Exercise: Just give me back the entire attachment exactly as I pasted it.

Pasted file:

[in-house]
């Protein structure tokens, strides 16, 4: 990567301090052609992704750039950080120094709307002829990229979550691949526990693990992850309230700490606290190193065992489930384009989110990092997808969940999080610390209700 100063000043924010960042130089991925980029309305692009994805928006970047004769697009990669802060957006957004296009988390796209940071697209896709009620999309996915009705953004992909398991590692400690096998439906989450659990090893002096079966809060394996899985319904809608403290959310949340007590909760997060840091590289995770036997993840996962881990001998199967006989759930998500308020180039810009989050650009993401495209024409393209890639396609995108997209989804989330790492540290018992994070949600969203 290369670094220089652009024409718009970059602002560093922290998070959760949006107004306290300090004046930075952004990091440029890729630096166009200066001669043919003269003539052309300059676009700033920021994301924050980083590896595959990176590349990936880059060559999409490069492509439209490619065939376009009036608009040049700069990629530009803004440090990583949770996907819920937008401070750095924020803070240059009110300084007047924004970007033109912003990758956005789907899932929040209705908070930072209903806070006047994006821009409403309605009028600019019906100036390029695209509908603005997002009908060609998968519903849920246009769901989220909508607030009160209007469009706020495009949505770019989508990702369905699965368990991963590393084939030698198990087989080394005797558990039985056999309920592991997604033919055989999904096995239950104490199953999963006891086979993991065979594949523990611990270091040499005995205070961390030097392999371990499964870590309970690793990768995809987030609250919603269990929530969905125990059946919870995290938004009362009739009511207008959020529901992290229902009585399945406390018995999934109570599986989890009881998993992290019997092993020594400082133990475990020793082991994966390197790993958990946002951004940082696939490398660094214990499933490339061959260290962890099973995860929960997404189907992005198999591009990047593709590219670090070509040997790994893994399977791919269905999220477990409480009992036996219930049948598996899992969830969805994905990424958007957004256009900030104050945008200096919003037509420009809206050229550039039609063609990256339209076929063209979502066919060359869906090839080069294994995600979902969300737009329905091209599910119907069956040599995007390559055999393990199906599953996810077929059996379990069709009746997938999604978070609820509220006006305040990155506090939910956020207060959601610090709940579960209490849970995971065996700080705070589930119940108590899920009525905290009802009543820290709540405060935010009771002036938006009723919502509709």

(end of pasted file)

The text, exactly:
[in-house]
């Protein structure tokens, strides 16, 4: 990567301090052609992704750039950080120094709307002829990229979550691949526990693990992850309230700490606290190193065992489930384009989110990092997808969940999080610390209700 100063000043924010960042130089991925980029309305692009994805928006970047004769697009990669802060957006957004296009988390796209940071697209896709009620999309996915009705953004992909398991590692400690096998439906989450659990090893002096079966809060394996899985319904809608403290959310949340007590909760997060840091590289995770036997993840996962881990001998199967006989759930998500308020180039810009989050650009993401495209024409393209890639396609995108997209989804989330790492540290018992994070949600969203 290369670094220089652009024409718009970059602002560093922290998070959760949006107004306290300090004046930075952004990091440029890729630096166009200066001669043919003269003539052309300059676009700033920021994301924050980083590896595959990176590349990936880059060559999409490069492509439209490619065939376009009036608009040049700069990629530009803004440090990583949770996907819920937008401070750095924020803070240059009110300084007047924004970007033109912003990758956005789907899932929040209705908070930072209903806070006047994006821009409403309605009028600019019906100036390029695209509908603005997002009908060609998968519903849920246009769901989220909508607030009160209007469009706020495009949505770019989508990702369905699965368990991963590393084939030698198990087989080394005797558990039985056999309920592991997604033919055989999904096995239950104490199953999963006891086979993991065979594949523990611990270091040499005995205070961390030097392999371990499964870590309970690793990768995809987030609250919603269990929530969905125990059946919870995290938004009362009739009511207008959020529901992290229902009585399945406390018995999934109570599986989890009881998993992290019997092993020594400082133990475990020793082991994966390197790993958990946002951004940082696939490398660094214990499933490339061959260290962890099973995860929960997404189907992005198999591009990047593709590219670090070509040997790994893994399977791919269905999220477990409480009992036996219930049948598996899992969830969805994905990424958007957004256009900030104050945008200096919003037509420009809206050229550039039609063609990256339209076929063209979502066919060359869906090839080069294994995600979902969300737009329905091209599910119907069956040599995007390559055999393990199906599953996810077929059996379990069709009746997938999604978070609820509220006006305040990155506090939910956020207060959601610090709940579960209490849970995971065996700080705070589930119940108590899920009525905290009802009543820290709540405060935010009771002036938006009723919502509709």